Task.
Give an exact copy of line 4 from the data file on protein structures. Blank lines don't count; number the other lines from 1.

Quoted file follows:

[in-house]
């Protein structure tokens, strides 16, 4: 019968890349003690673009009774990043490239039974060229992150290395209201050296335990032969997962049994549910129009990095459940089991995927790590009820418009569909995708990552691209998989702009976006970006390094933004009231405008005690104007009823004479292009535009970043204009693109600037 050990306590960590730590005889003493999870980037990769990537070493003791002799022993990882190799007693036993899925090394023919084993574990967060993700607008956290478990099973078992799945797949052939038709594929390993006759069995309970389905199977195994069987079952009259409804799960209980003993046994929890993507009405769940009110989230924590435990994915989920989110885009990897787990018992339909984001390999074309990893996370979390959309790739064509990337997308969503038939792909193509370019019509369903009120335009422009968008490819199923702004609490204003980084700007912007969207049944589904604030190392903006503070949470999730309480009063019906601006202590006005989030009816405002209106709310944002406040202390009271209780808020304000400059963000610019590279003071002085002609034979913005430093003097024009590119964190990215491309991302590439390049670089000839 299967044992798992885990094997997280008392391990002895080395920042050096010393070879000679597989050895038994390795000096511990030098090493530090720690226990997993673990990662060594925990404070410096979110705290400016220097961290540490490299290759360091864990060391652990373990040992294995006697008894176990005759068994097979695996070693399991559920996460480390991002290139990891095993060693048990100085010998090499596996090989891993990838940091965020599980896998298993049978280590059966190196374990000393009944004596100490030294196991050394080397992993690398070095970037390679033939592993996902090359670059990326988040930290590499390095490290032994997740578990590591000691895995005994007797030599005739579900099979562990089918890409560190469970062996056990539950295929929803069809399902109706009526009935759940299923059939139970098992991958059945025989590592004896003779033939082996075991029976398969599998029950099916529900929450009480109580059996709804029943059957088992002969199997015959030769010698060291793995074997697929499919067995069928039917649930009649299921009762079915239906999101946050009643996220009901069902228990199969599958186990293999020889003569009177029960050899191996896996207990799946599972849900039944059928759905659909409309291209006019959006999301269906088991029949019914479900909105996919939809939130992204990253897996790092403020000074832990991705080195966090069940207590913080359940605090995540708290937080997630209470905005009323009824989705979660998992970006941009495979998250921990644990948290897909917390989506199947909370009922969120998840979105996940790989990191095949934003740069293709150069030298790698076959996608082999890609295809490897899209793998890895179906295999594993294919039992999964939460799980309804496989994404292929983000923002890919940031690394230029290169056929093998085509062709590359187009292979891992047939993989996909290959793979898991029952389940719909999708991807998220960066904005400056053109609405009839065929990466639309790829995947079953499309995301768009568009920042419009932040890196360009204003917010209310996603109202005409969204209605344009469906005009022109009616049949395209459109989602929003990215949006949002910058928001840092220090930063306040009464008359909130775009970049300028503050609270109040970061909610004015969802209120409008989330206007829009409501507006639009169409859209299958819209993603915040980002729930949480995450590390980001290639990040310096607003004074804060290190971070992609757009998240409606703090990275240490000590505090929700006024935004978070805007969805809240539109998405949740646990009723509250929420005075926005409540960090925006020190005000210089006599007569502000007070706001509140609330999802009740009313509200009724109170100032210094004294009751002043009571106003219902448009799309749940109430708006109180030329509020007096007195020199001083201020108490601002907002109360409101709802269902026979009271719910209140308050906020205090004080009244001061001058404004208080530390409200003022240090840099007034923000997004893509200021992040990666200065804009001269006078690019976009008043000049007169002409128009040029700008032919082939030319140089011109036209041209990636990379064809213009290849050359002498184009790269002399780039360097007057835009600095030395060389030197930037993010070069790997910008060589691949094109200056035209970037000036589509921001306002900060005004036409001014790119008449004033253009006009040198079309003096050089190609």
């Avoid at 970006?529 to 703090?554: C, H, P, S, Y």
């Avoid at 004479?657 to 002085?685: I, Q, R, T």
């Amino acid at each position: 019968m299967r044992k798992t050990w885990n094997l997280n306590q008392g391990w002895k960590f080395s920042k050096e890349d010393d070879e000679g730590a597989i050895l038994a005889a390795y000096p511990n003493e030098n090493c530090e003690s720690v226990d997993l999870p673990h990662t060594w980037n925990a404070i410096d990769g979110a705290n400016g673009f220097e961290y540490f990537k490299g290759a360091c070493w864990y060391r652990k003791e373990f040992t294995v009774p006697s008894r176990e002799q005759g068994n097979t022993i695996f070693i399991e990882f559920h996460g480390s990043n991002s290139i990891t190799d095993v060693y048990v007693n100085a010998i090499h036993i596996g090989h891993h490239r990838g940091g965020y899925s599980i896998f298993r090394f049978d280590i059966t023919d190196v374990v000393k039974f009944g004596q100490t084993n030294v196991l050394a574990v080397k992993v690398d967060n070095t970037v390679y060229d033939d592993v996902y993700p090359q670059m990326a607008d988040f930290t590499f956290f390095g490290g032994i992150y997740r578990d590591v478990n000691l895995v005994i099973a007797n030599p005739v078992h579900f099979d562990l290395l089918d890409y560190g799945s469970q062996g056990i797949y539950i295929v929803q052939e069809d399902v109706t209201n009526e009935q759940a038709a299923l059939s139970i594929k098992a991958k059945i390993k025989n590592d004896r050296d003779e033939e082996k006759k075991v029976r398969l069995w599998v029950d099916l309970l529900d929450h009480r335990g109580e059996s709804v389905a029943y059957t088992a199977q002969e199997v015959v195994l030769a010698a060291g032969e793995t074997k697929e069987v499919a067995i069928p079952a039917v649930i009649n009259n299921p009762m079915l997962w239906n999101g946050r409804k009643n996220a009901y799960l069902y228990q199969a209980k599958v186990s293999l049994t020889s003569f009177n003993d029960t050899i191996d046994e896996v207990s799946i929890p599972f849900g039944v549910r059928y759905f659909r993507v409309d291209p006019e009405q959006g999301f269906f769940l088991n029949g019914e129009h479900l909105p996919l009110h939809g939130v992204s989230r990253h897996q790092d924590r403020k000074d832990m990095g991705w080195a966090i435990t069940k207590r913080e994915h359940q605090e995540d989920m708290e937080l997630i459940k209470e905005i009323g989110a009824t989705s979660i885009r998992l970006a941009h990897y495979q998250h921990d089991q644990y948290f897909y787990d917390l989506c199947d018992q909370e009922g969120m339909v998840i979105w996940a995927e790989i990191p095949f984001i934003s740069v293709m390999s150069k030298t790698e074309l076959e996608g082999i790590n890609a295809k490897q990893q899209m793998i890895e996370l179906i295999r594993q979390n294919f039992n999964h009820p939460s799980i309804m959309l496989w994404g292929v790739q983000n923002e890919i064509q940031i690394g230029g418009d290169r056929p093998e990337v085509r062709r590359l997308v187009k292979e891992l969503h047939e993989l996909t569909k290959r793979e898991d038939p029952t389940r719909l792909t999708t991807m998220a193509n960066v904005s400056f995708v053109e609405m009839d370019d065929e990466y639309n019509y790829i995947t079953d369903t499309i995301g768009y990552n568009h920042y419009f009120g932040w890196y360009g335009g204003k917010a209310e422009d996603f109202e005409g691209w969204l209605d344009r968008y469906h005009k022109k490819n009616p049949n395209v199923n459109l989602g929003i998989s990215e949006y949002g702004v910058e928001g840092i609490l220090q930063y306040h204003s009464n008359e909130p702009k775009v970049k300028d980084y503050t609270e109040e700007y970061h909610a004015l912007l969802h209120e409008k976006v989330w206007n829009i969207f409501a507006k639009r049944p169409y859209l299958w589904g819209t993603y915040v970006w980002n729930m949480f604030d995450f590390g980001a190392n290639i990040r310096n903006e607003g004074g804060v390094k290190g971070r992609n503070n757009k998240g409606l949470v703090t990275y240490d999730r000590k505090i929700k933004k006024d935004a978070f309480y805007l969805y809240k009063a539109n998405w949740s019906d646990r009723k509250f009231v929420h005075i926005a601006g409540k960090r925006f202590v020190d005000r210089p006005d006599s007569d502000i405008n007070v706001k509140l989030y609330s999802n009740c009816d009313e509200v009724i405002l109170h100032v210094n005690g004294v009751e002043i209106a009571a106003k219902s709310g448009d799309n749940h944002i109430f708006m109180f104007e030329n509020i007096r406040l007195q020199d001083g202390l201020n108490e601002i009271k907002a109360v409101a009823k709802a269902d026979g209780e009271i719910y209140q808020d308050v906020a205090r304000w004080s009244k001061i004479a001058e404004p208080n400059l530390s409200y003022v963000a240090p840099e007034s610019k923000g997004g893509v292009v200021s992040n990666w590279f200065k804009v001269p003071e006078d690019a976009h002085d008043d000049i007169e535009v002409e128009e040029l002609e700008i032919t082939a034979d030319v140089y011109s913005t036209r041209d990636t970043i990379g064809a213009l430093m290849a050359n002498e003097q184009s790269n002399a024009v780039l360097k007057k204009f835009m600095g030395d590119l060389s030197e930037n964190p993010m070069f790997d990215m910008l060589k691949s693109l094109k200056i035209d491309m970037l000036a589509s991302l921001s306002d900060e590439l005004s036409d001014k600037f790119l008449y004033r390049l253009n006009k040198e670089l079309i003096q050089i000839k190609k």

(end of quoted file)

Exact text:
């Avoid at 004479?657 to 002085?685: I, Q, R, T």